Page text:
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Effects of Regulating Visitor Viewing Proximity and the Intensity of Visitor Behaviour on Little Penguin (Eudyptula minor) Behaviour and Welfare

Animal Welfare Science Centre, Faculty of Veterinary and Agricultural Sciences, University of Melbourne, North Melbourne, Victoria 3051, Australia
Biometrics Team, Agriculture Victoria Research, Department of Jobs, Precincts and Regions, Hamilton, Victoria 3300, Australia
Department of Wildlife Conservation and Science, Zoos Victoria, Parkville, Victoria 3052, Australia
Centre for Integrative Ecology, Deakin University, Geelong, Victoria 3216, Australia
Author to whom correspondence should be addressed.
Animals 2019, 9(6), 285;
Received: 2 May 2019 / Revised: 23 May 2019 / Accepted: 23 May 2019 / Published: 28 May 2019
(This article belongs to the Special Issue Human Influences on the Behaviour and Welfare of Zoo Animals)
Some studies on zoo penguins have shown that the presence of visitors may be fear-provoking. To manage zoo visitor–animal interactions, it is important to determine what it is about visitors that affects zoo penguins. Consequently, we investigated the effects of regulating both zoo visitor viewing proximity to the penguin enclosure and the intensity of visitor behaviour on the behaviour and stress physiology of little penguins. A physical barrier was used to increase visitor viewing distance, by 2 m away from the enclosure, and signage and uniformed personnel was used to attempt to regulate the intensity of visitor behaviour. Signage and uniformed personnel had no effect on visitor number, noise level or visitor behaviour. However, the physical barrier reduced the frequency of potentially threatening visitor behaviours such as banging on enclosure features, looming over the pool, physical contact with the pool’s water and sudden movement. When visitors were further away from the enclosure, fewer penguins were huddling, vigilant, and retreating, and more penguins were close to the visitor viewing area, surface swimming and preening in the water. There were no effects of visitor viewing proximity or signage and uniformed personnel on the stress physiology of the little penguins. While there was no effect of signage and uniformed personnel in moderating visitor behaviour, the viewing proximity of visitors to the enclosure affected both visitor and penguin behaviour, where potentially threatening visitor behaviours were decreased and little penguins showed less avoidance behaviour when visitors were further away.
We examined the effects of regulating the viewing proximity of visitors and the intensity of visitor behaviour on behaviours indicative of fear and stress physiology of 15 zoo-housed little penguins (Eudyptula minor). A 2 × 2 factorial fully randomised design was used to examine the effects of regulating: (1) the viewing proximity of visitors to enclosure, ‘normal viewing distance’ and ’increased viewing distance’ (using a physical barrier set up 2 m away from the enclosure), and (2) the intensity of visitor behaviour, ‘unregulated visitor behaviour’ and ‘regulated visitor behaviour’ (using signage and uniformed personnel). In addition, a treatment consisting of closing the enclosure to visitors was included. Penguin behaviour, visitor numbers and visitor behaviour were recorded by CCTV video recordings and direct observations, respectively. Penguin faecal glucocorticoid metabolites were also analysed as a measure of stress physiology. We found that increased viewing distance reduced (p < 0.05) all visitor behaviours except for loud vocalisations and tactile contact with penguins. However, there were no direct effects of signage and uniformed personnel on visitor behaviour (p > 0.05). As the regulation of viewing proximity increased from a closed exhibit to an open exhibit with increased viewing distance, and then to an open exhibit with normal viewing distance, this increased the proportion of penguins huddling (p = 0.0011), vigilant (p = 0.0060) and retreating (p = 0.00013), and decreased the proportion of penguins within 1 m of the visitor viewing area (p = 0.00066), surface swimming (p = 0.00091) and preening in the water (p = 0.042). There were also limited effects of regulating visitor behaviour on penguin behaviour. No treatment effects were found on faecal glucocorticoid metabolites (p > 0.05). These results indicate that regulating visitor viewing proximity affects penguin behaviours indicative of fear and visitor behaviour. This suggests that close visitor contact can be fear-provoking for little penguins but increasing the distance between visitors and penguins can reduce fear responses of penguins by regulating both viewing proximity and visitor behaviour. However, it is unclear whether these changes in penguin behaviour are due to the increased separation between visitors and penguins and/or specific visitor behaviours associated with close viewing proximity to the enclosure, such as leaning over the enclosure or tactile contact with the pool, which are impeded when visitors are further away. View Full-Text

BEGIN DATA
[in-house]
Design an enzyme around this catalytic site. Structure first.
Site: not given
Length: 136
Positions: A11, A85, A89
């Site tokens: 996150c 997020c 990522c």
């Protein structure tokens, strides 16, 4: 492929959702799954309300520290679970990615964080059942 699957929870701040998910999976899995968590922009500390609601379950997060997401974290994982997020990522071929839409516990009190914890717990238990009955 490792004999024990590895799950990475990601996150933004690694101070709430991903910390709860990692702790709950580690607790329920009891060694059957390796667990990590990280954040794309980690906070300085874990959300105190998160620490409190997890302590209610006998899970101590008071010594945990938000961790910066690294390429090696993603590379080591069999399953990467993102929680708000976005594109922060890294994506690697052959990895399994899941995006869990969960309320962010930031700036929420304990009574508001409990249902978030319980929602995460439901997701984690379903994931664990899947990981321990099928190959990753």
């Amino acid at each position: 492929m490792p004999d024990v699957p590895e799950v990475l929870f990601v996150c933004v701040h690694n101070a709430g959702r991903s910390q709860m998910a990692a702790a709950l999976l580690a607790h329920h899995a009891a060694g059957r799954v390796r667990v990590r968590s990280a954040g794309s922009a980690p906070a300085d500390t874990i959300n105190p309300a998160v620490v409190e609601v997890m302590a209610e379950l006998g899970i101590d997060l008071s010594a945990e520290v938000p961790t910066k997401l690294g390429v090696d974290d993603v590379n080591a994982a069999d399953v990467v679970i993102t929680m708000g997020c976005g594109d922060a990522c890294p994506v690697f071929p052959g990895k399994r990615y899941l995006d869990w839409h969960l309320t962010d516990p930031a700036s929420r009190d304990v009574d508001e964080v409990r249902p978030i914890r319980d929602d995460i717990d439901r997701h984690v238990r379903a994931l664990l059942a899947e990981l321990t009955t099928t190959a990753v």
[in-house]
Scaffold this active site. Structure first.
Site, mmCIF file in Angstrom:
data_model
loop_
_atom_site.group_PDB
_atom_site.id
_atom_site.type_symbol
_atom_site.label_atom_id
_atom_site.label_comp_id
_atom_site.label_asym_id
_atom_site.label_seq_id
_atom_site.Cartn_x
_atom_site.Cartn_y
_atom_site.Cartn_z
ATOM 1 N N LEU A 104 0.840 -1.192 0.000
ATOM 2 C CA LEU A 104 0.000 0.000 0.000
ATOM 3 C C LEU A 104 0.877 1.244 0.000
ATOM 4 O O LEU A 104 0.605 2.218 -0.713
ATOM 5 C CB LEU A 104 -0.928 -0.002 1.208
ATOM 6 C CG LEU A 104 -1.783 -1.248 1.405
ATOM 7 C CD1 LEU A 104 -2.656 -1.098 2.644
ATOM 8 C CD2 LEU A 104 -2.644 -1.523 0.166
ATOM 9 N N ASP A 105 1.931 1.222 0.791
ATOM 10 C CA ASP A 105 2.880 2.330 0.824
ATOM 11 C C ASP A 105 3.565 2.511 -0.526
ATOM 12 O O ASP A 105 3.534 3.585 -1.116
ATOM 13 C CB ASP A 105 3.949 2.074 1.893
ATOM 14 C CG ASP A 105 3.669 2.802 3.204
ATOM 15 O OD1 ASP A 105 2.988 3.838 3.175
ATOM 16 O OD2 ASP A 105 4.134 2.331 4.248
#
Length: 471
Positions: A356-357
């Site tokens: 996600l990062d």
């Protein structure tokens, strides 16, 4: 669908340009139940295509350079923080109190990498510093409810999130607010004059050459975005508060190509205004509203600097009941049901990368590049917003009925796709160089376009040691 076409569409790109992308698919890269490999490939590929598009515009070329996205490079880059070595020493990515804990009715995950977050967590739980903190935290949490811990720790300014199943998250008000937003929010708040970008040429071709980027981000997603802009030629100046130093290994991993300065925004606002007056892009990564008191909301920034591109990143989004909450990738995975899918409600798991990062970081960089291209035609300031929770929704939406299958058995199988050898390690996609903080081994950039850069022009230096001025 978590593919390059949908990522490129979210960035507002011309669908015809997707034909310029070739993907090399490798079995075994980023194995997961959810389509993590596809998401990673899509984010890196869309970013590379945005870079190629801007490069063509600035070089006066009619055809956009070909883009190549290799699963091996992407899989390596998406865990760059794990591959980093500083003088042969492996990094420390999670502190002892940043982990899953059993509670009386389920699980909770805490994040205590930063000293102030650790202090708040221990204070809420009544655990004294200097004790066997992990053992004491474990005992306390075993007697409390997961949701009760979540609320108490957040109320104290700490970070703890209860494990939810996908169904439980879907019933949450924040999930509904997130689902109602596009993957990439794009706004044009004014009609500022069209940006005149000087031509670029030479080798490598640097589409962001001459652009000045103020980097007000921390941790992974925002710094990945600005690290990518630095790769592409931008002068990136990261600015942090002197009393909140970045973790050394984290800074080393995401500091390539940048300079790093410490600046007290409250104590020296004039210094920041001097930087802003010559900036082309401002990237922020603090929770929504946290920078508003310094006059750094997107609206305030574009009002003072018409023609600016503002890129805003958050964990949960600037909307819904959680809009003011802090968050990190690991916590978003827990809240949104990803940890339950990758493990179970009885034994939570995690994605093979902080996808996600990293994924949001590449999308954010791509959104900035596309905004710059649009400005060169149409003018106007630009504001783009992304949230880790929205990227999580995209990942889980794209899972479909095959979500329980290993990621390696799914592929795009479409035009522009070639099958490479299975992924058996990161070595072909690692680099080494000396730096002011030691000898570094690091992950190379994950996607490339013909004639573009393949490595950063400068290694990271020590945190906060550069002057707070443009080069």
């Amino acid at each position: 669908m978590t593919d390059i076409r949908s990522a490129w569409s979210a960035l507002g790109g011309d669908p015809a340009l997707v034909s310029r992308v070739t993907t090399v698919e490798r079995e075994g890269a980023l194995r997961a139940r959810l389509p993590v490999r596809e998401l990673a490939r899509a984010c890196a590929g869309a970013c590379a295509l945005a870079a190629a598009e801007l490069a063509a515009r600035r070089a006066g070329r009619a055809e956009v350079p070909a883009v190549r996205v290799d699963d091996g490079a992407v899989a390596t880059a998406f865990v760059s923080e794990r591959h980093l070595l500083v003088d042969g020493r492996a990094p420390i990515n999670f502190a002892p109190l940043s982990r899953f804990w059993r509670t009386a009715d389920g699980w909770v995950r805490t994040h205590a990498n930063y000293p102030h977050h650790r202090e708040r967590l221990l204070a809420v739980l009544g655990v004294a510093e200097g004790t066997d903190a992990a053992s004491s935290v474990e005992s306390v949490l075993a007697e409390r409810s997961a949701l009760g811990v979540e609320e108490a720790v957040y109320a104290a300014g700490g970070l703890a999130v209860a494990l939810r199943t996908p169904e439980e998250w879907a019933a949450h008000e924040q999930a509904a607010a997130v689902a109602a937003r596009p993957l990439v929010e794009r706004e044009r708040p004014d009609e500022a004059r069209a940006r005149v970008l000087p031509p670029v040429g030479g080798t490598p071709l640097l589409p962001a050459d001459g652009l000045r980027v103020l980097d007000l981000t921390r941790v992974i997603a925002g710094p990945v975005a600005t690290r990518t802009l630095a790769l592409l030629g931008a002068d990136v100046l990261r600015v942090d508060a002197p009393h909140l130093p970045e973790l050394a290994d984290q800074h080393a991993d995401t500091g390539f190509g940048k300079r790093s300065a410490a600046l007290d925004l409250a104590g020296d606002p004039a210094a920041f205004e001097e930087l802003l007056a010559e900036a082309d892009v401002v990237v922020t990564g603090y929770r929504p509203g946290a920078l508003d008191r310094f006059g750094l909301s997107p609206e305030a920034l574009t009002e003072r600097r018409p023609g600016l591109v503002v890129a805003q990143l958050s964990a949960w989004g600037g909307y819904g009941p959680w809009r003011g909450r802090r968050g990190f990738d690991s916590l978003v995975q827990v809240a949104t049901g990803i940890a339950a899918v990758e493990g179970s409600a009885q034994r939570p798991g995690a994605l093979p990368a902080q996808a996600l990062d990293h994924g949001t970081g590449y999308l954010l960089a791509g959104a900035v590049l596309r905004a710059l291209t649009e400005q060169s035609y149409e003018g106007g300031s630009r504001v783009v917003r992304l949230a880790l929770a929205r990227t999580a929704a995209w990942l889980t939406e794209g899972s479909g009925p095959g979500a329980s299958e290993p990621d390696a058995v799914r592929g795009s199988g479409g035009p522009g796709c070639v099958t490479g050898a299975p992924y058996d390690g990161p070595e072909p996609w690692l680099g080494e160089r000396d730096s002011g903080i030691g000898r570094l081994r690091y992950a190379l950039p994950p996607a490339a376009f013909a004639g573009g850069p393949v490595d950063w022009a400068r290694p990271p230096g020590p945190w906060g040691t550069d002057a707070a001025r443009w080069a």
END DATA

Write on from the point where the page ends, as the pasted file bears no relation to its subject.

Keywords: little penguins; visitor–animal interactions; zoos; visitor effect little penguins; visitor–animal interactions; zoos; visitor effect
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Chiew, S.J.; Butler, K.L.; Sherwen, S.L.; Coleman, G.J.; Fanson, K.V.; Hemsworth, P.H. Effects of Regulating Visitor Viewing Proximity and the Intensity of Visitor Behaviour on Little Penguin (Eudyptula minor) Behaviour and Welfare. Animals 2019, 9, 285.

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